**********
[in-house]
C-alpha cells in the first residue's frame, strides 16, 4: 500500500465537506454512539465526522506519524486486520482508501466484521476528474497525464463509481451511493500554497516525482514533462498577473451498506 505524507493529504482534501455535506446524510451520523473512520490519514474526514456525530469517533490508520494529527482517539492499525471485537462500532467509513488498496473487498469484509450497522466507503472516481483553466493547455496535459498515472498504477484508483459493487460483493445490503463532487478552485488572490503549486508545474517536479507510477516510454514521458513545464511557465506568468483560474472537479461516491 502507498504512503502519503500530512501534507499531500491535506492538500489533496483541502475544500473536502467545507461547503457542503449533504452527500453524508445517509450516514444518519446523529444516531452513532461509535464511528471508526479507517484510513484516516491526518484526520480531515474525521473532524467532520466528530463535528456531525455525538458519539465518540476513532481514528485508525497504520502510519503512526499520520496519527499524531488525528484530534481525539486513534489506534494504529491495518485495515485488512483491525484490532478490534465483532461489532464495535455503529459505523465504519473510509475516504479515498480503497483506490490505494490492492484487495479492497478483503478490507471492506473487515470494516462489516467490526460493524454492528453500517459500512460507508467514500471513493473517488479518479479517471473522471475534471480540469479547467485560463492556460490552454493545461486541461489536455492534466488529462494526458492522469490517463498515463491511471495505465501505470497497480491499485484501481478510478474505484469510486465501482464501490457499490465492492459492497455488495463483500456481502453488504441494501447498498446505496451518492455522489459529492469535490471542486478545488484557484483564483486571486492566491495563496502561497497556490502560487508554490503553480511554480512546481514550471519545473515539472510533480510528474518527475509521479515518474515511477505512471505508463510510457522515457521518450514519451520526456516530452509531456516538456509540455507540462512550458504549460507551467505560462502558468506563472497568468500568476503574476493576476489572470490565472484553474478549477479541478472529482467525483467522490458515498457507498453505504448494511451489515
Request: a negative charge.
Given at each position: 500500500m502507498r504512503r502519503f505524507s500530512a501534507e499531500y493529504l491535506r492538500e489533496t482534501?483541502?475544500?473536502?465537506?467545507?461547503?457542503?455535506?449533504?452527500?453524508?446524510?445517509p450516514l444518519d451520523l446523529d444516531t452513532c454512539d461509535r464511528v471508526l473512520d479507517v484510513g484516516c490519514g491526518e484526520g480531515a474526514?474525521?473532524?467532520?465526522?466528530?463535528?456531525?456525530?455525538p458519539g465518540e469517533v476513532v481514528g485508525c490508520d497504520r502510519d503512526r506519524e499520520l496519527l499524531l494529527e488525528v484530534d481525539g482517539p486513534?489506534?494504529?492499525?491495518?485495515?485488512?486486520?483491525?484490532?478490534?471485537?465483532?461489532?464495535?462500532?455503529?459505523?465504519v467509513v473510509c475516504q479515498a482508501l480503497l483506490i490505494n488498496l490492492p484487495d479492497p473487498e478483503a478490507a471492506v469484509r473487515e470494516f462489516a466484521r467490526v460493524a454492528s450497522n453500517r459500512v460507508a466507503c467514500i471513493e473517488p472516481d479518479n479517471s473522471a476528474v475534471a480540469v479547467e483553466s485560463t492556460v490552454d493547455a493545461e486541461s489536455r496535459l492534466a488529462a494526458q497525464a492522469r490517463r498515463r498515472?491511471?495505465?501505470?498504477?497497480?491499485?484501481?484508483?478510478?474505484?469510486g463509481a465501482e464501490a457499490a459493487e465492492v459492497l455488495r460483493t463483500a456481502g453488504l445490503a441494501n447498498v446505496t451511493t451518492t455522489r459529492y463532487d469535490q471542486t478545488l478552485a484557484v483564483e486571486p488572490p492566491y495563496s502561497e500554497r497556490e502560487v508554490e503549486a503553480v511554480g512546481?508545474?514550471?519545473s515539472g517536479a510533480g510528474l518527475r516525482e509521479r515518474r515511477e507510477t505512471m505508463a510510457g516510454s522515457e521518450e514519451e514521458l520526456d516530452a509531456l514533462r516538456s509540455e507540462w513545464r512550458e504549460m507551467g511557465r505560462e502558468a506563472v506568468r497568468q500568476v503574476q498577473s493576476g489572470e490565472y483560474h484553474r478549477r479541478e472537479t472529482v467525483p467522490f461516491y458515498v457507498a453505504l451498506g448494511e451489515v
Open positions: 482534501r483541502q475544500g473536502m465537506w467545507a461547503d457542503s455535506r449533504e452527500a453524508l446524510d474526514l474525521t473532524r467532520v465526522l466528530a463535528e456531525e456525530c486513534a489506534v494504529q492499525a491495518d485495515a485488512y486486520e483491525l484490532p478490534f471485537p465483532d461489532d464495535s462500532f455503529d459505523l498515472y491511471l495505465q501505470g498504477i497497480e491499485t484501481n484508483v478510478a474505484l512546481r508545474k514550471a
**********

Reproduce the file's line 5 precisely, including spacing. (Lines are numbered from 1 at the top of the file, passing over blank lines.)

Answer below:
Open positions: 482534501r483541502q475544500g473536502m465537506w467545507a461547503d457542503s455535506r449533504e452527500a453524508l446524510d474526514l474525521t473532524r467532520v465526522l466528530a463535528e456531525e456525530c486513534a489506534v494504529q492499525a491495518d485495515a485488512y486486520e483491525l484490532p478490534f471485537p465483532d461489532d464495535s462500532f455503529d459505523l498515472y491511471l495505465q501505470g498504477i497497480e491499485t484501481n484508483v478510478a474505484l512546481r508545474k514550471a